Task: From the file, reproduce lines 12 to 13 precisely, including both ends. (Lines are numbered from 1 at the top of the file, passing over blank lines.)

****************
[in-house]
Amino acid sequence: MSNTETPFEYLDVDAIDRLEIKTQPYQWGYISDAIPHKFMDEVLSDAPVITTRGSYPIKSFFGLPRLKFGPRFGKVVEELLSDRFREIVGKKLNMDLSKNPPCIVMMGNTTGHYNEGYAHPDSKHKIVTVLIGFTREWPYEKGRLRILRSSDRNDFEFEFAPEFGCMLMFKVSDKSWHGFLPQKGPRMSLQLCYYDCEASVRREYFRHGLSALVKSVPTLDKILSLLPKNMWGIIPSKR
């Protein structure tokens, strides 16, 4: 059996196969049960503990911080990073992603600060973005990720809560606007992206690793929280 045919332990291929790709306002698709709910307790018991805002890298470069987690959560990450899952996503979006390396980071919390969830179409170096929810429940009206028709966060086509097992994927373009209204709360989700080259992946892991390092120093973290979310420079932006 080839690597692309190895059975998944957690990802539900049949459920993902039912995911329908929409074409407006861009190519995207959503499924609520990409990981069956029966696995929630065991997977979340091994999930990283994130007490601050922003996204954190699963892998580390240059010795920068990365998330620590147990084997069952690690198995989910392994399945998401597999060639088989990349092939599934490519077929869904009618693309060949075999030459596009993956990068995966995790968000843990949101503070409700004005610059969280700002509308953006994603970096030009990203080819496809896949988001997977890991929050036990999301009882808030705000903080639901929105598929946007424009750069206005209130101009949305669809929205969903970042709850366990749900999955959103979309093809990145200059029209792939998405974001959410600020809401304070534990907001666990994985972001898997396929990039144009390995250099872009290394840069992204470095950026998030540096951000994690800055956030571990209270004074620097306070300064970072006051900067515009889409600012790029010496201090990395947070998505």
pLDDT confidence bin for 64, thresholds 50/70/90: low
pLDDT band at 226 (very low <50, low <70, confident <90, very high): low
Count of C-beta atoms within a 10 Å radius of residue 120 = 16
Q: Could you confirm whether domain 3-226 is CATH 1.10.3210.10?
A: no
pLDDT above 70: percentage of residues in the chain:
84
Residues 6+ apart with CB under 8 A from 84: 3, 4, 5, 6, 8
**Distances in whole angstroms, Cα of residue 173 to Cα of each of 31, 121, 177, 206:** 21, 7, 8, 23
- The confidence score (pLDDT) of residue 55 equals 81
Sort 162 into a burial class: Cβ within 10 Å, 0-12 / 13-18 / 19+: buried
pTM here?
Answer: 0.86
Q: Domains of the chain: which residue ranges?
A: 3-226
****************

**Distances in whole angstroms, Cα of residue 173 to Cα of each of 31, 121, 177, 206:** 21, 7, 8, 23
- The confidence score (pLDDT) of residue 55 equals 81